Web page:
Unfortunately the government didn’t even react. President Préval spent 15 days after the quake without uttering a word. We could have saved 100,000 people if the government had acted but we didn’t have any support. There were young men pulling people out of the wreckage with sledgehammers but they didn’t have the right equipment. The state had rescue equipment in storage but they refused to let us access it. The government didn’t act while the foreigners came in quickly and took over all of our structures. They moved so fast that some people believe it was planned beforehand because we had 60,000 marines show up as if they were just waiting nearby. So they took advantage of the situation and put their hands on the country.
When the government finally started to act everything had already been taken over. When I met a minister two weeks after the quake he couldn’t even tell me how many troops were here. All they knew was that there was a lot of movement. We decided to try to take charge so that we could show the international community what we saw and what we needed. Rather than enabling this to happen the president and his team decided to legalise this invasion without making any kind of appeal for Haitian solidarity. Rather than calling on the strong forces of the nation, this was the first time in our history that this type of thing happened without the standing president calling out to any of the sectors of society for solidarity.
On the other hand he actively received the international community and even travelled during the moment of the crisis to embrace foreign leaders. He ignored the Haitians and pulled in the foreign community. The biggest way he did this was through enacting the National Emergencies Law which clearly states that the government now has unlimited power that will last 18 months with no kind of oversight mechanisms. This means that they can bring in and spend money and take all kinds of decisions with no way for the people to question what they are doing with the money and with no accountability.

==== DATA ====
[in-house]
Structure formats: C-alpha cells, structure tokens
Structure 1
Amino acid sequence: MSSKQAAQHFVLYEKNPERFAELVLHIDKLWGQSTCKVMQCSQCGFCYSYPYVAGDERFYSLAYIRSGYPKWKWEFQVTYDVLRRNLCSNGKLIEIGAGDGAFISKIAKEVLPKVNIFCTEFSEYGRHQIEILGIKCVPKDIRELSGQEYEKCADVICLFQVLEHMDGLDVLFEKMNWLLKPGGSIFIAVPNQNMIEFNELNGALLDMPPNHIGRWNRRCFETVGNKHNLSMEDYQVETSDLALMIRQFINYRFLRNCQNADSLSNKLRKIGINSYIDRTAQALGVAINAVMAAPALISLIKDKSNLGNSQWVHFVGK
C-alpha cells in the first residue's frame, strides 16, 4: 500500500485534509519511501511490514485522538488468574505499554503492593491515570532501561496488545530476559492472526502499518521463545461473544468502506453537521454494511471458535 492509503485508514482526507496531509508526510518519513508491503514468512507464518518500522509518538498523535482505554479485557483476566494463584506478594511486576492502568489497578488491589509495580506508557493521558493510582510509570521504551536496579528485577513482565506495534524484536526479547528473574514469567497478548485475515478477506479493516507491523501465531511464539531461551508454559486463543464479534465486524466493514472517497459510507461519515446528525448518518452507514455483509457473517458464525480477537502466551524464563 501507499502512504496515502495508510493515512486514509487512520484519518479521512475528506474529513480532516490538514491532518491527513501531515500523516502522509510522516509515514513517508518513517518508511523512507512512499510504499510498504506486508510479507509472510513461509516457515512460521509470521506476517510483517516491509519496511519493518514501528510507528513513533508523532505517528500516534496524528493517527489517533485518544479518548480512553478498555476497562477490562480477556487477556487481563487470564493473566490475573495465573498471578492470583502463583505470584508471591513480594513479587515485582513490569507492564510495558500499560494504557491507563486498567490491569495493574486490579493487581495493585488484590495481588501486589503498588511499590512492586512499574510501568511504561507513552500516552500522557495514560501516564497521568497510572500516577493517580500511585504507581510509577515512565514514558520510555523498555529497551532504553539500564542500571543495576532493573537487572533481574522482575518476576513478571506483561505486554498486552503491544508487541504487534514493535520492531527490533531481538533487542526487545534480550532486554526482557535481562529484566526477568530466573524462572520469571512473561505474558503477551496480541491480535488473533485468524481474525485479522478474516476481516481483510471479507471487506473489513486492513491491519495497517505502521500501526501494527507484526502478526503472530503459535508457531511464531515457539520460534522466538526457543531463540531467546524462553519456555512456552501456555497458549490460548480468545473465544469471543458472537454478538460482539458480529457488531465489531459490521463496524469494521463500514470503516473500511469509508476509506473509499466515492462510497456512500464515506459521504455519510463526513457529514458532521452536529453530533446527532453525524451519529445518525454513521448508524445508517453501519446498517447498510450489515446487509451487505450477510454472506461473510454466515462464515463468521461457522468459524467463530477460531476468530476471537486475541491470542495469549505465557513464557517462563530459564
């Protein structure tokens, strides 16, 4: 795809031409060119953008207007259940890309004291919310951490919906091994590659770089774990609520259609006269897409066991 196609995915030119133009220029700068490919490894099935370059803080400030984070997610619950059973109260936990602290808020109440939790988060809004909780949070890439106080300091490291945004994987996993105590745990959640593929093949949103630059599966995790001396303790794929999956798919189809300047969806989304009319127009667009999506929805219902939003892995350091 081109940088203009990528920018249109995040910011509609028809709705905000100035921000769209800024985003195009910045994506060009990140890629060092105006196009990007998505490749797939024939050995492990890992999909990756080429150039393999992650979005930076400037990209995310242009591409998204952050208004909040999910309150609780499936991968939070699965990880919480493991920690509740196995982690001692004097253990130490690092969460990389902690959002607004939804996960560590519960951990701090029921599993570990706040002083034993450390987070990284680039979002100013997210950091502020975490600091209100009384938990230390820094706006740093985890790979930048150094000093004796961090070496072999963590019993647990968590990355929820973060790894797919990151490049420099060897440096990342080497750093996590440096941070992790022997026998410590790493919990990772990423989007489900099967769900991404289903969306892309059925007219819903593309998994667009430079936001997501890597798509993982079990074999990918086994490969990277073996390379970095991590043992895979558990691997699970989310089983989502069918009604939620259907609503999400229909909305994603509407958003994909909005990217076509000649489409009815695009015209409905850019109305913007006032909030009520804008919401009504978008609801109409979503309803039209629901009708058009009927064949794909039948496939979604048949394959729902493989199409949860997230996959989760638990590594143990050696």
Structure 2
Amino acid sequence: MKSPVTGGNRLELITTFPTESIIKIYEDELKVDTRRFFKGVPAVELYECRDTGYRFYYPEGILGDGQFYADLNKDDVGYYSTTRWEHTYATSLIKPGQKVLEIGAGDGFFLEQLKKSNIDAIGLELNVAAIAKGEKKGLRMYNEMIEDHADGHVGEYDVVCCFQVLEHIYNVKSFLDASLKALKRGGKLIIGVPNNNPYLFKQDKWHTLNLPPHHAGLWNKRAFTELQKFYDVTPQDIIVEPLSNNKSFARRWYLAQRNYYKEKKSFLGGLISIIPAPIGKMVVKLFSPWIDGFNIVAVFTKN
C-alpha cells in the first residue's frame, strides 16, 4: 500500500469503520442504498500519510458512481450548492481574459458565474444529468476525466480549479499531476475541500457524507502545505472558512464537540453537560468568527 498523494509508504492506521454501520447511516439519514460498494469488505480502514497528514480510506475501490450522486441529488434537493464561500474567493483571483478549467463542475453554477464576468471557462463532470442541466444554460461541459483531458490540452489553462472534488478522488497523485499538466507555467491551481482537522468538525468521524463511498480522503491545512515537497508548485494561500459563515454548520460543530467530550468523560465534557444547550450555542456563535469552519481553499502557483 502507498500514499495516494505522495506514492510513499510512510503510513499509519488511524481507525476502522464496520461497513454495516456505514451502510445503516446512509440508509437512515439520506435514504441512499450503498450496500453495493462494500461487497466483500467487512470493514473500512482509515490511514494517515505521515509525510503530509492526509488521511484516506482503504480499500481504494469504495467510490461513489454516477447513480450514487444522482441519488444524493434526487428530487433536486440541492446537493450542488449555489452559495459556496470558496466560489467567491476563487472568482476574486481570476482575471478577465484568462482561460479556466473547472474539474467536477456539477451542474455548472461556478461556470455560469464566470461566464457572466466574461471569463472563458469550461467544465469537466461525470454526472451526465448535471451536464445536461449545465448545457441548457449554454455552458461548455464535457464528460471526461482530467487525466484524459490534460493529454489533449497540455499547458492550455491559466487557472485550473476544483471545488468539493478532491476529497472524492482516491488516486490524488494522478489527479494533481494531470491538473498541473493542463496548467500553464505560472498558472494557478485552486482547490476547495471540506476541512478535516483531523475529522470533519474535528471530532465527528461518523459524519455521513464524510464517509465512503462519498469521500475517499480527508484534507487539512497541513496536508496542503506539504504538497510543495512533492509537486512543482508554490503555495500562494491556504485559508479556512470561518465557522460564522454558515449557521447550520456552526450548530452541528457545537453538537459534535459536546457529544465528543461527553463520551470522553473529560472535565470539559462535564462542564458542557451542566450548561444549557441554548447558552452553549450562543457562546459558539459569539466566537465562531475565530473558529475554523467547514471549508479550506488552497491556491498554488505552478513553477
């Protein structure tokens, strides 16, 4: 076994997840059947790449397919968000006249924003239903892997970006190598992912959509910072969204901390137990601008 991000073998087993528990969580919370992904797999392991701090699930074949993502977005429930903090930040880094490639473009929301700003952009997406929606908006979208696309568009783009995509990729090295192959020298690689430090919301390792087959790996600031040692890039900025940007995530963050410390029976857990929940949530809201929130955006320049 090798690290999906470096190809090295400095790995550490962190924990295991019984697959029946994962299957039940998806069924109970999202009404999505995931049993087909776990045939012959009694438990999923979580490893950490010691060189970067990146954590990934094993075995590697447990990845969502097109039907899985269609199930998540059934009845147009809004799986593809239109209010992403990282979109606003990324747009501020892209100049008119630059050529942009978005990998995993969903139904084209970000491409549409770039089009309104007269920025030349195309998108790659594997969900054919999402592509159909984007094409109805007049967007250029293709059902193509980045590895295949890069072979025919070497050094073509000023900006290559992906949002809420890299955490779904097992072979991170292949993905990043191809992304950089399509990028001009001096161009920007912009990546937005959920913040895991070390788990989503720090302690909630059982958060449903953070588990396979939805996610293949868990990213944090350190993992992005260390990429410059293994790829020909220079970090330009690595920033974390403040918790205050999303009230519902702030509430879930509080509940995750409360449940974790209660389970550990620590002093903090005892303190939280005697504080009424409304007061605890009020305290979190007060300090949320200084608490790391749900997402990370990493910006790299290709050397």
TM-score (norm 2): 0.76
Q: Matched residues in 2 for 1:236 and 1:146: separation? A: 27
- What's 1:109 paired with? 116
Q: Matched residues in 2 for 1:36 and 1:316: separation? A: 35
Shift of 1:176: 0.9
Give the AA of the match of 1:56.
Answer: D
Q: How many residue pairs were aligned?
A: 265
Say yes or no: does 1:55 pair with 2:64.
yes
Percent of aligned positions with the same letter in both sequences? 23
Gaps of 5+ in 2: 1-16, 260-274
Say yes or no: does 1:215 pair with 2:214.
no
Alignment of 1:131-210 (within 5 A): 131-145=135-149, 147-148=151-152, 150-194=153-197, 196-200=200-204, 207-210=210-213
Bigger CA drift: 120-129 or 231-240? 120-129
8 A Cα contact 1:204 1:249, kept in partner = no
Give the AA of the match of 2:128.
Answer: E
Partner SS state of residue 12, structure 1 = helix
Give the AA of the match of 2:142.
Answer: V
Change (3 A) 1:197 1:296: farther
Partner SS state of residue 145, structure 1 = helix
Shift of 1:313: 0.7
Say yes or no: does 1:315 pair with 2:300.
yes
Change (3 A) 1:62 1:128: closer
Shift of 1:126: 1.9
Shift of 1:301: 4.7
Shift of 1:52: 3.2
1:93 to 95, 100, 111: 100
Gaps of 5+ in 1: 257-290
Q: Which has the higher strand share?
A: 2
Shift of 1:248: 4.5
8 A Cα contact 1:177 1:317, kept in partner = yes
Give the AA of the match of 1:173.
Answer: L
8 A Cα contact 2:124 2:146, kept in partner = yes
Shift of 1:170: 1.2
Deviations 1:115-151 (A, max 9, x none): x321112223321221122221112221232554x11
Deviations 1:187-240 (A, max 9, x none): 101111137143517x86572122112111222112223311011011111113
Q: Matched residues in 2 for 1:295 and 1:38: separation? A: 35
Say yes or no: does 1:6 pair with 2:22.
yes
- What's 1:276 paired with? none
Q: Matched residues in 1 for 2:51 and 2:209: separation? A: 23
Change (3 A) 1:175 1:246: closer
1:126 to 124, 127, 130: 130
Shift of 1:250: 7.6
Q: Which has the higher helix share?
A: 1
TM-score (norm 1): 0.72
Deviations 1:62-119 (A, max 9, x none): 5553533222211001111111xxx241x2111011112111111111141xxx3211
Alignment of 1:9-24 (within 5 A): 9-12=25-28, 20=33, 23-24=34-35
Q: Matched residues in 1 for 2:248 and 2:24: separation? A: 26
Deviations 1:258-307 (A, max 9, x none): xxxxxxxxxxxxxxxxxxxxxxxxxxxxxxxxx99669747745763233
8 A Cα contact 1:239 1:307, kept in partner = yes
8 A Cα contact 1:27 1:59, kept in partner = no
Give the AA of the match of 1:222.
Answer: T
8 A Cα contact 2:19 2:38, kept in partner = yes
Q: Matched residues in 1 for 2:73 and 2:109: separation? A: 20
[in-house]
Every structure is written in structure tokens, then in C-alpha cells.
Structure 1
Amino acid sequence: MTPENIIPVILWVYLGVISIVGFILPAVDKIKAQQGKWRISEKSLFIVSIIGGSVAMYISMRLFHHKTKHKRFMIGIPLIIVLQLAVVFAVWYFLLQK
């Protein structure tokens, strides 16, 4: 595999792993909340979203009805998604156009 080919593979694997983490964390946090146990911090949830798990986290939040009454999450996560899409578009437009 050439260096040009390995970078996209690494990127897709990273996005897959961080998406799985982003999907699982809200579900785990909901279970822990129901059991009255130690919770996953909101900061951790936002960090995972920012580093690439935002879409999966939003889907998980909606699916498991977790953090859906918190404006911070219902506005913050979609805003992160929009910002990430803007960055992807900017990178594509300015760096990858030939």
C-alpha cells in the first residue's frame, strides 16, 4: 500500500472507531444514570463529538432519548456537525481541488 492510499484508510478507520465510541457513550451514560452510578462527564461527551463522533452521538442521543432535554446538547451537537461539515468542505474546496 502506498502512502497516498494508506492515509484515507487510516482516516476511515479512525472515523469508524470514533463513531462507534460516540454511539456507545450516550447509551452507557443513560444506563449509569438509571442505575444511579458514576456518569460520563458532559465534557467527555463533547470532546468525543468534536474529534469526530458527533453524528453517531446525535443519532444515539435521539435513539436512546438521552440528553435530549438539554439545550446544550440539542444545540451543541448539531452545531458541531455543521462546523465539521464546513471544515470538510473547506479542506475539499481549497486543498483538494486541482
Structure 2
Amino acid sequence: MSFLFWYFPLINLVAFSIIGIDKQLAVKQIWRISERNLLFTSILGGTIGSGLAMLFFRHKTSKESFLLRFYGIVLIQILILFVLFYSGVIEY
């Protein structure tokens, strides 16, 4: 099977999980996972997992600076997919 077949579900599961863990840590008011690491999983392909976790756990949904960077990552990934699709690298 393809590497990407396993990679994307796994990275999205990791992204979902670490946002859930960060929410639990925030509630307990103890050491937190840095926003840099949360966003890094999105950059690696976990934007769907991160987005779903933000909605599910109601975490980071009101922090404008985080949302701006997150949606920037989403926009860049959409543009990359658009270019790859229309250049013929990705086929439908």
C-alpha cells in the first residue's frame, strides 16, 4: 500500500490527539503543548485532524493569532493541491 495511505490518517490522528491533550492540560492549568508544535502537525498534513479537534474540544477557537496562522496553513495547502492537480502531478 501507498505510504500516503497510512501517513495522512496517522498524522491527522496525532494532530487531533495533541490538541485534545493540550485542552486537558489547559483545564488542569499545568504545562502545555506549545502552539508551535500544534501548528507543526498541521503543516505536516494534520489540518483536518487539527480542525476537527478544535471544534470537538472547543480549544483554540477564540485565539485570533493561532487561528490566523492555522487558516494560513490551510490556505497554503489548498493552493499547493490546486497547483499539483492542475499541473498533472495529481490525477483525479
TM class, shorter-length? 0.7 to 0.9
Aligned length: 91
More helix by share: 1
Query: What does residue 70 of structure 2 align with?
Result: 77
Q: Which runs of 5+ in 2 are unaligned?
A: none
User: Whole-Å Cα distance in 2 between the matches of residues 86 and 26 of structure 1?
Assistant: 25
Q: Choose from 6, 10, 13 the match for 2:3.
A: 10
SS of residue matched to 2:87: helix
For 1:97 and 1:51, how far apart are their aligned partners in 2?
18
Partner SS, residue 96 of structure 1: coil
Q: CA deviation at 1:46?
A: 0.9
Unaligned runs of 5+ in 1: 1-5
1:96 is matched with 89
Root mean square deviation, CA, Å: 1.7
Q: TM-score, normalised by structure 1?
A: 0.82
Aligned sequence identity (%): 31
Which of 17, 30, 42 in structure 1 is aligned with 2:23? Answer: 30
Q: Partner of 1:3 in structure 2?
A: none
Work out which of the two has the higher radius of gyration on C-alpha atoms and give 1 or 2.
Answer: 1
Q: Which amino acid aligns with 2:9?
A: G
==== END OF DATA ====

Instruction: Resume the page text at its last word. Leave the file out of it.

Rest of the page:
After passing the law they introduced the Interim Commission for the Reconstruction of Haiti, establishing it as an organ that will take over all the initiatives related to the Haitian reconstruction. It is a mixed commission led by a foreigner and, as we all know, he is the ex-president of the United States, Bill Clinton. The way that the law is written means that the commission will have as many foreigners in control as there are countries that give at least US$100 million. Nobody knows who is in it exactly, but it has a lot of foreigners and the Haitians have no decision-making power. The one with the power is Bill Clinton. There was a minority in the Senate that worked to prevent this law from being passed, but unfortunately we lost. So now we are in a situation where Haitians don’t have any right to see what is going on with the reconstruction. We have no instruments to call the minister to understand what is happening. Every month there is a meeting which goes on with the commission and we choose which project will be financed, but we have no way of knowing what the content of these projects is and if they are needed or not.